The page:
Aibileen Clark (Viola Davis) and Minny Jackson (Octavia Spencer) are unlikely friends. Aibileen is withdrawn, respectful, and religious whereas Minny is opinionated and outspoken, traits that keep landing her in trouble. But these two women's support for each other is unwavering, and helps them survive the difficult realities of being black maids for white families in Jackson, Mississippi in the 1960s.
Aibileen works for Elizabeth Leefolt (Ahna O'Reilly), a materialistic woman who acts cold and distant toward her two-year-old daughter, Mae Mobley. Thankfully Aibileen is there to love on the girl, and to remind her daily, "You is kind. You is smart. You is important." Minny works for Hilly Holbrook (Bryce Dallas Howard), the "Christian" woman heading up the local movement to require all white households with black maids to have a separate bathroom in back for them to use. Hilly is one of many at that time who thought black people had different diseases that white people could catch through the toilet. (Yeah, we don't like Hilly.)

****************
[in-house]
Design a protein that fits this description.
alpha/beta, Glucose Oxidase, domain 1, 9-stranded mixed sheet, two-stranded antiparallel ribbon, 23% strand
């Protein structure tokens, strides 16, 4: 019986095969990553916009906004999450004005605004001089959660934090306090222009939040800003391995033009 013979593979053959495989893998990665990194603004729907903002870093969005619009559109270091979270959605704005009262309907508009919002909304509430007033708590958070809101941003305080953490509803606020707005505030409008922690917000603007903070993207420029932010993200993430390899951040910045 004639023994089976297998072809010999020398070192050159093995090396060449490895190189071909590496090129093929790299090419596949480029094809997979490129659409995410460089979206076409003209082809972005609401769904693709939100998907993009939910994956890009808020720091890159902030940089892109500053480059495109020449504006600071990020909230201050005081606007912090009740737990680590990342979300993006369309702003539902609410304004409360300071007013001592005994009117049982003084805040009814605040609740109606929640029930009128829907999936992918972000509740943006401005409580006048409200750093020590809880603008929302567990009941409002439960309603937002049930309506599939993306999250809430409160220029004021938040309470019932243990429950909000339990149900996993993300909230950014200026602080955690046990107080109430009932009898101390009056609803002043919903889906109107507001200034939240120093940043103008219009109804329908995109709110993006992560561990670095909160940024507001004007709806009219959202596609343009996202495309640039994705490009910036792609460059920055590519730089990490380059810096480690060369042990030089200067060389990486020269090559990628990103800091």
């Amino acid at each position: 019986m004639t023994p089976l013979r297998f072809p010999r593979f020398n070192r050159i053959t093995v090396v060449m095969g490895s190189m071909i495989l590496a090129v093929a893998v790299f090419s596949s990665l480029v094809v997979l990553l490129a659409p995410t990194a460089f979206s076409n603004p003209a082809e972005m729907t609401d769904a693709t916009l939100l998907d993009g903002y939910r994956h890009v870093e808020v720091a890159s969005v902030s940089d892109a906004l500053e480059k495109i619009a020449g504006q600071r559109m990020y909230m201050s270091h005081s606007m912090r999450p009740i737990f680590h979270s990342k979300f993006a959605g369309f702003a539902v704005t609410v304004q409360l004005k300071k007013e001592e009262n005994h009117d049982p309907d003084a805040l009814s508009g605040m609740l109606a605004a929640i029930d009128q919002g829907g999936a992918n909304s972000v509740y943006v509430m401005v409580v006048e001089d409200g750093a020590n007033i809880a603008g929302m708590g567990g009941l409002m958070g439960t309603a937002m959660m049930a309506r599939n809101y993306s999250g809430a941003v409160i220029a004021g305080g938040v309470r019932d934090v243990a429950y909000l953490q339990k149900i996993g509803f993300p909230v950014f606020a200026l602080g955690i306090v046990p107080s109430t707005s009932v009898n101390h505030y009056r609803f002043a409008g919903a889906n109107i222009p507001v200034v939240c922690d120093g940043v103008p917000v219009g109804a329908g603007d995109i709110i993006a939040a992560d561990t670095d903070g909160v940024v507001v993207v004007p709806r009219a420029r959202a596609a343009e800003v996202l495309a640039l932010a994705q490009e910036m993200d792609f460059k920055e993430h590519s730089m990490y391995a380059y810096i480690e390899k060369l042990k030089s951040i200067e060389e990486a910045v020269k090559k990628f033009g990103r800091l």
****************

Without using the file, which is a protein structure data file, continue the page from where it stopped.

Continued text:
Skeeter (Emma Stone) grew up with Elizabeth and Hilly, but she's a very different kind of Southern white woman. Skeeter went to college when most of her schoolmates married young and started having babies. She's not as poised and concerned with beauty as her Junior League friends. And she wants to get a job and make her mark in the world. These things confuse her friends and downright grieve her traditional mother (a delightfully dramatic Allison Janney).
Though Skeeter is thrilled when she lands a job at the Jackson Journal writing a housecleaning advice column, she's motivated by the words of a New York City editor who told her to write about what concerns her. She decides to write about the real ...1
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